The Wisest One in the Room

In the words of the publishers, The Wisest One In The Room by Thomas Gilovich and Lee Ross, is a ‘brilliant compendium of psychological discoveries’, and a ‘users guide to living on earth’.

I can’t really argue with them – it’s so good, I now constantly reference bits of their work and re-tell some of their best stories. So whilst there’s no substitute for reading the thing yourself (go and buy it!), I’ll put down a brief review of some of the key ideas here. NB This is work in progress…

The book is in two parts, with 5 chapters on the general principles of human behaviour and 4 applying those to Happiness; Conflict; Education and Climate Change. Each principle comes with reference to experimental testing and striking stories that drive the point brilliantly home. I’ll say again, for the full installation of ideas get the book and your thinking will be properly upgraded. My biggest challenge in writing this review was to resist simply repeating the line for line, so this review can be no more than a thinking system patch.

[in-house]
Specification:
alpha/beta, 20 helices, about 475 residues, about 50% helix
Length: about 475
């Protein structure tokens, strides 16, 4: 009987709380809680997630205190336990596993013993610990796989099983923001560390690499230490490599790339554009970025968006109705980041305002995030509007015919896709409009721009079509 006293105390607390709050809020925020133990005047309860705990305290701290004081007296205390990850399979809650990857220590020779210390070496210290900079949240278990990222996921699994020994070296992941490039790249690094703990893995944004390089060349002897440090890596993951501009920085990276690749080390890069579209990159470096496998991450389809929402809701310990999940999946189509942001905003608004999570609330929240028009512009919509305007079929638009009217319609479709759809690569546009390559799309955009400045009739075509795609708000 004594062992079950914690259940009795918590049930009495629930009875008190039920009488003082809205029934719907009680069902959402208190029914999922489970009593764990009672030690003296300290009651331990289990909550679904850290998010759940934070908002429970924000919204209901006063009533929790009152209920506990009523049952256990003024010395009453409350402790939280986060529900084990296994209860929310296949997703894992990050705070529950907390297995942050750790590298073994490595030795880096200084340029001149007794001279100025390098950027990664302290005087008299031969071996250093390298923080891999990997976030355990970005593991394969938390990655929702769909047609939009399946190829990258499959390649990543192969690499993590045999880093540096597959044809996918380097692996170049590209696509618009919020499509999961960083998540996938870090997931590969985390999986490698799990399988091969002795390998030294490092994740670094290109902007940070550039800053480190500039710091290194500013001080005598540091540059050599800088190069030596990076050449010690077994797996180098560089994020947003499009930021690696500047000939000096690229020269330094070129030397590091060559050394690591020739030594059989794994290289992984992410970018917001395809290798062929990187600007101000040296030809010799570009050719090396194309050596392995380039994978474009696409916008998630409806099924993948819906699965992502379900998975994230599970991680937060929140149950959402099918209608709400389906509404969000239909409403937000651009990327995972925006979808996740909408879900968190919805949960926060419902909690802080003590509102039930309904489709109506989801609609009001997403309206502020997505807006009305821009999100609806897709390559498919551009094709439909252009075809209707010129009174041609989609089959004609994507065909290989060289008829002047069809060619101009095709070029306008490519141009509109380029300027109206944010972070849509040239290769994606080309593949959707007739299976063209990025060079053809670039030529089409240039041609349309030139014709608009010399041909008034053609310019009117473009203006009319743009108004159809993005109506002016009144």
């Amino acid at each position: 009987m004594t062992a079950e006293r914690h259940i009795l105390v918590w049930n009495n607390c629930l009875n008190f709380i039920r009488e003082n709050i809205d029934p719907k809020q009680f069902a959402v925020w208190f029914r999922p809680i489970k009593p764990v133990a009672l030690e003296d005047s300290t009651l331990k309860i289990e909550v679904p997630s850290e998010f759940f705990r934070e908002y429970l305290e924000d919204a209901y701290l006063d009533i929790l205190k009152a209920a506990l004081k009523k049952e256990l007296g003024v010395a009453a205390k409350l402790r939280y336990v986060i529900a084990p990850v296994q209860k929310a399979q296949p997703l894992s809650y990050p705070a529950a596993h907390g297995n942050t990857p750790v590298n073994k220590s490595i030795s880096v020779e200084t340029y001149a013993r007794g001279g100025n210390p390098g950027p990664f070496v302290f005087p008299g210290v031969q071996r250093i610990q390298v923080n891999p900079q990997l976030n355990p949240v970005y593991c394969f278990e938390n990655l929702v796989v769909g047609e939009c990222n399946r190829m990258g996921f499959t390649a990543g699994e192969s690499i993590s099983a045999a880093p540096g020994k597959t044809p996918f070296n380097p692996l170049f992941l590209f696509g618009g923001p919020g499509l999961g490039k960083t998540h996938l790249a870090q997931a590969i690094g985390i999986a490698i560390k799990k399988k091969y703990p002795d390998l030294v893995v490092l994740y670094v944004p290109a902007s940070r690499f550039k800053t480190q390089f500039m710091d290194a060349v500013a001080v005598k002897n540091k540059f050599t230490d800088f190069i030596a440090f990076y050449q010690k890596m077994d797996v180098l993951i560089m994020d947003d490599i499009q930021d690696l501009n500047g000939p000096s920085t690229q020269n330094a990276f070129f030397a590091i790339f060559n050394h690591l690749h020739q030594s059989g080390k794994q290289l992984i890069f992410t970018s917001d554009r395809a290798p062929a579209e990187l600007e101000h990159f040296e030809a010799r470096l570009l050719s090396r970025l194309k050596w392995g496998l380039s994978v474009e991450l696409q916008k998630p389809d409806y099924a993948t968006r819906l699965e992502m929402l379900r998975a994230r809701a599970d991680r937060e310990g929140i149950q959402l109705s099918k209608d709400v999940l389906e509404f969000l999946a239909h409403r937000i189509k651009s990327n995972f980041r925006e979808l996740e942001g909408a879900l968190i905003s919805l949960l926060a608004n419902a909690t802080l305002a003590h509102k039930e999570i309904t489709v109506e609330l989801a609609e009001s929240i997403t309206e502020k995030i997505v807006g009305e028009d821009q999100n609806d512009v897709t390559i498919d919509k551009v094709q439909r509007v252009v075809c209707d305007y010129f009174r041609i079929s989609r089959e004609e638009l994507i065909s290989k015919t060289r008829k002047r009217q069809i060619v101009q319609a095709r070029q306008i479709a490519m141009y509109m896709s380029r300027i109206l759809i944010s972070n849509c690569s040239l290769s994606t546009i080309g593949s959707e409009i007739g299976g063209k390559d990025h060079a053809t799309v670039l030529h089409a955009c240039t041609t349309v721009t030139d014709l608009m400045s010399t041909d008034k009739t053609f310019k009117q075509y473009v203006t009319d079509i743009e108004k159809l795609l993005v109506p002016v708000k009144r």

Here are the key points:

The Objectivity Illusion

Each of us believes ours is the most realistic view of life. We take our own position as the central point, and all others are relative to that. So whether it’s driving, our experience of temperature, or even how we judge ‘left’ and ‘right’ in politics, we’re not as objective as we think we are.

Primacy of behaviour – Many of us work hard to persuade others to change their views, but attitudes often change after behaviour change. If you’re working to change behaviours, small punishments or incentives are more effective than big ones.

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